What is insulin, and how does it affect you? This is what
you may be wondering if you have been diagnosed with or are at risk for diabetes.
Individuals with type 1, type 2, and gestational diabetes should all learn more
about insulin and the impact that it has on them.
Insulin is a hormone that is produced by the pancreas. Hormones
are protein molecules that travel in the blood and allow cells to send signals
to each other. The body produces insulin in response to sugar levels in the
body. Insulin helps the body’s cells extract sugar from the blood into the
cell, where the sugar can be used to produce energy.
Types of Diabetes and
Individuals who do not have normal insulin levels may have one
of three types of diabetes. Type 1 diabetics, who only account for 5 percent of
all people diagnosed with diabetes, are unable to produce insulin on their own.
Type 1 diabetics are commonly referred to as insulin-dependent, because they
require insulin injections to treat their condition.
Type 2 diabetics, who make up 90 to 95 percent of all
diagnosed cases of diabetes, do produce their own insulin. Individuals with
type 2 diabetes experience insulin resistance, which means that their bodies
are unable to use the insulin that they do produce, according to the University
of Maryland Medical Center. Due to their bodies' resistance to insulin, type 2
diabetics are sometimes referred to as insulin-resistant and require insulin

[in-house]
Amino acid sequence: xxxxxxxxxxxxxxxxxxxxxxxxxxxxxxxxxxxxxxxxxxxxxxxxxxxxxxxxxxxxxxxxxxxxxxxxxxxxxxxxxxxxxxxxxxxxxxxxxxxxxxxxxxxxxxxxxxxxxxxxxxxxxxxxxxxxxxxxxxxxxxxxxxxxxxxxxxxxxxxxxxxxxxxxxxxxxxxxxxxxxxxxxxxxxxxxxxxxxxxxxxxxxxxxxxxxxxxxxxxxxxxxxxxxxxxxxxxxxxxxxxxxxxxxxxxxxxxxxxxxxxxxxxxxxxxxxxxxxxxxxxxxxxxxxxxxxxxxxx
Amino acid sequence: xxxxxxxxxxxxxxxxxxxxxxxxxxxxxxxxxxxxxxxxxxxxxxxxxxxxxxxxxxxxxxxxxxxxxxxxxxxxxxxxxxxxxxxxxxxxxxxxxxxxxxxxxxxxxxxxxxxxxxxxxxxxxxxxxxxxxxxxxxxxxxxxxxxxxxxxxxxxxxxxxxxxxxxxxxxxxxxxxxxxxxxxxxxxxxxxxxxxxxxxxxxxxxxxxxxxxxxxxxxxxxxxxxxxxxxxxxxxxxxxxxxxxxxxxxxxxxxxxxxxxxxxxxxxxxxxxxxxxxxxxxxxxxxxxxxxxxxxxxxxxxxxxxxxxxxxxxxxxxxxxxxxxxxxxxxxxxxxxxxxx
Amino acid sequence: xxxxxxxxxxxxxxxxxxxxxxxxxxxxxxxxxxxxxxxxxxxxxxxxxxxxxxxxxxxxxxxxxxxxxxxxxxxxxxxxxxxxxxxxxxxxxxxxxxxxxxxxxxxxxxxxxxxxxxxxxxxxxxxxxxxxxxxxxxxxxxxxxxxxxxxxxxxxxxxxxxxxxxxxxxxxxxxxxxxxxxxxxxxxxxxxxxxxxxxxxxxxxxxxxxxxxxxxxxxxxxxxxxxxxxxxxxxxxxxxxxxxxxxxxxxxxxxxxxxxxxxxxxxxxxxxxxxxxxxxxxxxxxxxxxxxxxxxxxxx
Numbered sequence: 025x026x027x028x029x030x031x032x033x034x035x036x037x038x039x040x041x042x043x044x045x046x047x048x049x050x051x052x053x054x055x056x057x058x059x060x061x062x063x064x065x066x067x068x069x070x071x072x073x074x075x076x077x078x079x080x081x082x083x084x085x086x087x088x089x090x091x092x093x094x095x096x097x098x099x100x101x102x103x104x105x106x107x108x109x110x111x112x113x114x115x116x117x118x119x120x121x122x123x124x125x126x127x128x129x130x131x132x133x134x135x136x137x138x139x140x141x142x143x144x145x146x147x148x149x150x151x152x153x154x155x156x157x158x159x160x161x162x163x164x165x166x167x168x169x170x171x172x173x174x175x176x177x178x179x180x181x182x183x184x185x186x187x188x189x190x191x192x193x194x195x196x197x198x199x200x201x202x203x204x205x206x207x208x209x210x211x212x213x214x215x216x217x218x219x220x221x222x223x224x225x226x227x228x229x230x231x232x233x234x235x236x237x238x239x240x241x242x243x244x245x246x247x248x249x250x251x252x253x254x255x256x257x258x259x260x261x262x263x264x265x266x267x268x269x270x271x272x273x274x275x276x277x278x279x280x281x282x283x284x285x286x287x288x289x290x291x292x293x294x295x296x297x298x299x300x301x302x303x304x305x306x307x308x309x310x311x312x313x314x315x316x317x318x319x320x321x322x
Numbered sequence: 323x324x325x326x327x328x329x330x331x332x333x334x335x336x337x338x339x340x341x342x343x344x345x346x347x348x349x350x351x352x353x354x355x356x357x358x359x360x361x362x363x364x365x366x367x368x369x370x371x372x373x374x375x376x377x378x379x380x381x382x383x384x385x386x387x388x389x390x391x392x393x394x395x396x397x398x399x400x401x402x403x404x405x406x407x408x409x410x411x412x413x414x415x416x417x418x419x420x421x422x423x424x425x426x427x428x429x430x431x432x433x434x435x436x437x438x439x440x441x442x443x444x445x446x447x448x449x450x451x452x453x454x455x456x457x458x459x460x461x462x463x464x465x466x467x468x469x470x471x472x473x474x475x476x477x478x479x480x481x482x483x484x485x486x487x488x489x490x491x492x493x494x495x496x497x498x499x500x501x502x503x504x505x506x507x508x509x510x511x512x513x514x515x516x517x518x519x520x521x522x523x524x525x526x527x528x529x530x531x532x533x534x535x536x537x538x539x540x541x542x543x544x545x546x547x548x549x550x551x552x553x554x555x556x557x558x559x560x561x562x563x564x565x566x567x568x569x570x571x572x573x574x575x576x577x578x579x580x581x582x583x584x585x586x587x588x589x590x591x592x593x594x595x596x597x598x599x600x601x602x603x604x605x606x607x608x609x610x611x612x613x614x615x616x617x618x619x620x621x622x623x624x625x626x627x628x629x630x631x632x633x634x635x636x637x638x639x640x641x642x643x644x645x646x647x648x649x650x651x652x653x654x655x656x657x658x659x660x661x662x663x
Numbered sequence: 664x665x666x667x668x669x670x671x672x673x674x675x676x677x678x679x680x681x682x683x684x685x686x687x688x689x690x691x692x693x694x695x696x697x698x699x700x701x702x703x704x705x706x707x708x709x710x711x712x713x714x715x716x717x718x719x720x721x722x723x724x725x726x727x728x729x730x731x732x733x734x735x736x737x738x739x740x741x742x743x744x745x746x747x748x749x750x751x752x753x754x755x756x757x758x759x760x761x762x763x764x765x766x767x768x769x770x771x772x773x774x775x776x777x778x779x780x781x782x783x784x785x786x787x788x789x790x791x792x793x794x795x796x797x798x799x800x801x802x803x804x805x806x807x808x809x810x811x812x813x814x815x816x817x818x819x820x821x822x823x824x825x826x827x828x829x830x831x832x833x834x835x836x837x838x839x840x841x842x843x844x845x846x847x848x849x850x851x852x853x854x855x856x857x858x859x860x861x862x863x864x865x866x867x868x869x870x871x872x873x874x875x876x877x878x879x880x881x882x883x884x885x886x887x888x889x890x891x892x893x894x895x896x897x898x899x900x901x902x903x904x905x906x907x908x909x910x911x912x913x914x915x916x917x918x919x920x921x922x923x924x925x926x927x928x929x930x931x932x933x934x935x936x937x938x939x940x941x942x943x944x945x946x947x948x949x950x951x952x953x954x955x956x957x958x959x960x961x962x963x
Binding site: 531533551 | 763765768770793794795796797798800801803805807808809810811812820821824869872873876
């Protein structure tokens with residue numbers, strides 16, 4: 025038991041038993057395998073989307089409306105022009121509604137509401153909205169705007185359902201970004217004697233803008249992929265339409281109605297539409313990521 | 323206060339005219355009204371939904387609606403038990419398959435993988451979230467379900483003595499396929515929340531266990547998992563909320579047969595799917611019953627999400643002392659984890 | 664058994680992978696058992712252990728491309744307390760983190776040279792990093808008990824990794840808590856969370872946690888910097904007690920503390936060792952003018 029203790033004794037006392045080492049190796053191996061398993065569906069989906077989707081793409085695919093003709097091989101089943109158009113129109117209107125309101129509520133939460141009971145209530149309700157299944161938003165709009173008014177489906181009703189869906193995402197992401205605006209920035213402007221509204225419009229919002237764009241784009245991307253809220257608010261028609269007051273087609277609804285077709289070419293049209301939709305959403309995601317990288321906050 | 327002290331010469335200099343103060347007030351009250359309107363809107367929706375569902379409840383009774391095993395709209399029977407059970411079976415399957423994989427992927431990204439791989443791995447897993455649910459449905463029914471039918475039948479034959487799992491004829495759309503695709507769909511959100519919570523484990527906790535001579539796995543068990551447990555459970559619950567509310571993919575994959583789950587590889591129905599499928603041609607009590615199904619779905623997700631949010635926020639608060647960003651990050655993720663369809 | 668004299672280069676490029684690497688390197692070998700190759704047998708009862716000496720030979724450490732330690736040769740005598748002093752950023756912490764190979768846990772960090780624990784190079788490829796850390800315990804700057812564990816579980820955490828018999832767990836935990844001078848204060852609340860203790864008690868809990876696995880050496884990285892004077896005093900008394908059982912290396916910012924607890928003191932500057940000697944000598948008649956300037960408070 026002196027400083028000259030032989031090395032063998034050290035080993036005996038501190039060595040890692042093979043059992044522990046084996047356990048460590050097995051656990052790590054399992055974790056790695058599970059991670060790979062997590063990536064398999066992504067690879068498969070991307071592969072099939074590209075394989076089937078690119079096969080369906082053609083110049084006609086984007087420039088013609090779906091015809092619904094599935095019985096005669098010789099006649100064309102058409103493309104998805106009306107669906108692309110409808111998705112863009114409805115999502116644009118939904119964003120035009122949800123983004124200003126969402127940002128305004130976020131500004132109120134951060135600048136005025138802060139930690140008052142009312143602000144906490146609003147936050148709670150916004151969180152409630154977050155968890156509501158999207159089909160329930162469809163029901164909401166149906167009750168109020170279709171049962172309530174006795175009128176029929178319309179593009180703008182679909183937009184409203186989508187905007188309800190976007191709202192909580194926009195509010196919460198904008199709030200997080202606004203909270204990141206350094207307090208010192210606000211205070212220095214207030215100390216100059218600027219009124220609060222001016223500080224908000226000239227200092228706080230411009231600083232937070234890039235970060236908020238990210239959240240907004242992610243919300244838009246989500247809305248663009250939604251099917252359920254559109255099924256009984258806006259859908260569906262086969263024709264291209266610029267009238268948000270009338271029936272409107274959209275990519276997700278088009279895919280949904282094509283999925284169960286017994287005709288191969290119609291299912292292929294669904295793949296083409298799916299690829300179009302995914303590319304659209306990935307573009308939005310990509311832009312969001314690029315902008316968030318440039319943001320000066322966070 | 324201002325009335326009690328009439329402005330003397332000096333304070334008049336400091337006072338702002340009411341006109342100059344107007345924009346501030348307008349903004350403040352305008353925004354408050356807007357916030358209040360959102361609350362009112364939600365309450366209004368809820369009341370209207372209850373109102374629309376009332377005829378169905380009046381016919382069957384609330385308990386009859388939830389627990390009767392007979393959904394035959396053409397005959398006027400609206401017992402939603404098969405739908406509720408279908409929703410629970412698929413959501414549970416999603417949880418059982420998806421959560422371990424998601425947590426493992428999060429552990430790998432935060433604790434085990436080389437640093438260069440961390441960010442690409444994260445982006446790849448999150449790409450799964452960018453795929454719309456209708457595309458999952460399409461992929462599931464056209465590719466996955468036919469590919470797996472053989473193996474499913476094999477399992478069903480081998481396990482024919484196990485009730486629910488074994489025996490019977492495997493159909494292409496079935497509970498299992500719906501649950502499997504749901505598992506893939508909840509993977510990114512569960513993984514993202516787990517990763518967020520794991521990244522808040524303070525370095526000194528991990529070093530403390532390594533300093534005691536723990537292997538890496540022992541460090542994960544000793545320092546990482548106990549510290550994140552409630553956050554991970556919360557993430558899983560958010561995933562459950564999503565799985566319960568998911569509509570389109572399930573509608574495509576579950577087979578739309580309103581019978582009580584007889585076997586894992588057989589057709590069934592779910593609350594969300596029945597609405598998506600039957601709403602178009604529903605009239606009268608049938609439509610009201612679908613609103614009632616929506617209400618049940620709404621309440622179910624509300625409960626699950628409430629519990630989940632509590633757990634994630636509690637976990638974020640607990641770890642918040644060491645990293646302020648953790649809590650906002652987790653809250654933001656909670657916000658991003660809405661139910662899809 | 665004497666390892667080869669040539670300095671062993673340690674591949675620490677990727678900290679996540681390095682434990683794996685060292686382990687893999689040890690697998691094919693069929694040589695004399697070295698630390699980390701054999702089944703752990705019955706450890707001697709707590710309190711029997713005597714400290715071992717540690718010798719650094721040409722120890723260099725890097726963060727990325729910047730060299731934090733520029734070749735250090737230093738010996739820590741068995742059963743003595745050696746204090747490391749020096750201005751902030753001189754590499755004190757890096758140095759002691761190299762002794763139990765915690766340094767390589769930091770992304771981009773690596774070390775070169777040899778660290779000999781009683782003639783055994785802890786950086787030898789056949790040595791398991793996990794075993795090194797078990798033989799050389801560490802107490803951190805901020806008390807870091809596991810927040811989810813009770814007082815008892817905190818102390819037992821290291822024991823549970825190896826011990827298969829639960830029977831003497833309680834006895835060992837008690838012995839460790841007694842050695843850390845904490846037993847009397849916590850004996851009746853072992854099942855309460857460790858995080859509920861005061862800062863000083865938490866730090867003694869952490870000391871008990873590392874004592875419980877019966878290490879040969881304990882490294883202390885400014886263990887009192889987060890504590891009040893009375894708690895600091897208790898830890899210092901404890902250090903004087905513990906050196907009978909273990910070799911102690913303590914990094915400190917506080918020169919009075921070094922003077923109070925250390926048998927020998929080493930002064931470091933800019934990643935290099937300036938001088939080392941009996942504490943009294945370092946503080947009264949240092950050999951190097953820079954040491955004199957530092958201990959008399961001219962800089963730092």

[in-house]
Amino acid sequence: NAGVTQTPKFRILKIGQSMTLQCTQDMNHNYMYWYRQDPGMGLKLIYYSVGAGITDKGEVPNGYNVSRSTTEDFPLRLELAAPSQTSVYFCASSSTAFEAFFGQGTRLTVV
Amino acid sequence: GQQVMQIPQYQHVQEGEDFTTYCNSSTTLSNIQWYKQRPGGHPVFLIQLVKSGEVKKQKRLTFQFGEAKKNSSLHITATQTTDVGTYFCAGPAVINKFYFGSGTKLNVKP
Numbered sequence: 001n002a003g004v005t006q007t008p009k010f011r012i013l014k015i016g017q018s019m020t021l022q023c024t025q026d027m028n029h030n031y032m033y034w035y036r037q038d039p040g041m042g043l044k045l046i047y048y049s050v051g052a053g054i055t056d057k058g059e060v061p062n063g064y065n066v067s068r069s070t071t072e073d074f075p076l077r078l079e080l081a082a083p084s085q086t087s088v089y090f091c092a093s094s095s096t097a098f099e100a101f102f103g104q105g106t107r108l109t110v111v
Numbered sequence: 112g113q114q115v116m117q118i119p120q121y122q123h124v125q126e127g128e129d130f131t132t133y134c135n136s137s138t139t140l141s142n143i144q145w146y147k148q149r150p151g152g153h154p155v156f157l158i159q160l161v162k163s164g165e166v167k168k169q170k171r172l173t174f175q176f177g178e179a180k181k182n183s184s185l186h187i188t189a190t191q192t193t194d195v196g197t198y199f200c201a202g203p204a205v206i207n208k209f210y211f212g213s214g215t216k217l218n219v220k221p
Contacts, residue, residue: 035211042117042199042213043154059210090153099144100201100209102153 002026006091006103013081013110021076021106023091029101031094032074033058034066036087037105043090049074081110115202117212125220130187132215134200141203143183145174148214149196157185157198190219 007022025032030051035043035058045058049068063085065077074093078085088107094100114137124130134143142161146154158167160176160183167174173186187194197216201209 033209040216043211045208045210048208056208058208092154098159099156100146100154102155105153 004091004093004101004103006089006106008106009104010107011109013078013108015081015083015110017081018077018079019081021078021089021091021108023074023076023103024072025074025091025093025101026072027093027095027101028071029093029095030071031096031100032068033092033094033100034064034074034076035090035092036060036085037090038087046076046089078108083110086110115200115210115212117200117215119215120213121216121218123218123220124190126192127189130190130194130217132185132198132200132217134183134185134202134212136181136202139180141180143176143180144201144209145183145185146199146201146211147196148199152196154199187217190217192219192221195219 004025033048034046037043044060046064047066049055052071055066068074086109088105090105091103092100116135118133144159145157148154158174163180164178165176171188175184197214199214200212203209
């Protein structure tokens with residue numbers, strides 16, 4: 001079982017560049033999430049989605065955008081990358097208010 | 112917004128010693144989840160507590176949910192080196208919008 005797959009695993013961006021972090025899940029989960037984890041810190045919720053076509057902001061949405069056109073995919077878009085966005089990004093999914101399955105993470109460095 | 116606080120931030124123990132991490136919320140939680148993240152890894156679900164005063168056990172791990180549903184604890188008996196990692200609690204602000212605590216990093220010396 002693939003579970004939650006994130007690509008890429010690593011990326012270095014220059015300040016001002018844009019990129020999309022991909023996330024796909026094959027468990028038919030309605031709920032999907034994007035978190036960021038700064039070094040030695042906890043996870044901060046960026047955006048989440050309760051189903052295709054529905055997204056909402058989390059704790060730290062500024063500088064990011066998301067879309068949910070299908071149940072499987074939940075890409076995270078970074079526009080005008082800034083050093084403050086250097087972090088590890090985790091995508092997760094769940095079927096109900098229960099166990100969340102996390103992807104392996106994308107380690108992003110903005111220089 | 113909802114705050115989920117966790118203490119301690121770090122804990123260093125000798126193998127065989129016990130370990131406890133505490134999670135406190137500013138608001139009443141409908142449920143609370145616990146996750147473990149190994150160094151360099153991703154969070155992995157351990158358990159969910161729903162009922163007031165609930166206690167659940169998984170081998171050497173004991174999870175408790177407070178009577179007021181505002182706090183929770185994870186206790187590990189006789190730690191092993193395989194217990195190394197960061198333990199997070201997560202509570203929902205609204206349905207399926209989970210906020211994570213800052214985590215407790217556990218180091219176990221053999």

injections to trigger a response from the body’s cells
The third type of diabetes, which is called gestational
diabetes, only occurs during pregnancy and is usually temporary. Like type 2
diabetics, women with gestational diabetes are resistant to insulin. According
to the American Pregnancy Association, diabetes may develop during pregnancy
because of unique substances released by the placenta. It is important that
pregnant women be screened for gestational diabetes because high sugar levels
can adversely affect the baby’s growth and development.
A balanced diet and regular exercise routine are recommended
to all sufferers of diabetes. Following a healthy diet helps control blood
glucose levels, while exercise helps lower blood glucose levels and ensures
that the body is able to use insulin more efficiently.
For type 2 diabetics and women with gestational diabetes,
lifestyle changes may eliminate the need for medications or insulin injections.
Be sure to check with your healthcare provider before making any significant
lifestyle changes, however. For type 1 diabetics, who require insulin
injections, the amount of insulin that is being prescribed should be balanced
with food intake and physical activity level. Careful monitoring is necessary
for treating this condition.
If you have been diagnosed with diabetes, it's important to
visit a licensed healthcare provider regularly to treat and manage your
condition. Regulating insulin dosing and glucose levels play a key role in
effective treatment of type 1, type 2, and gestational diabetes.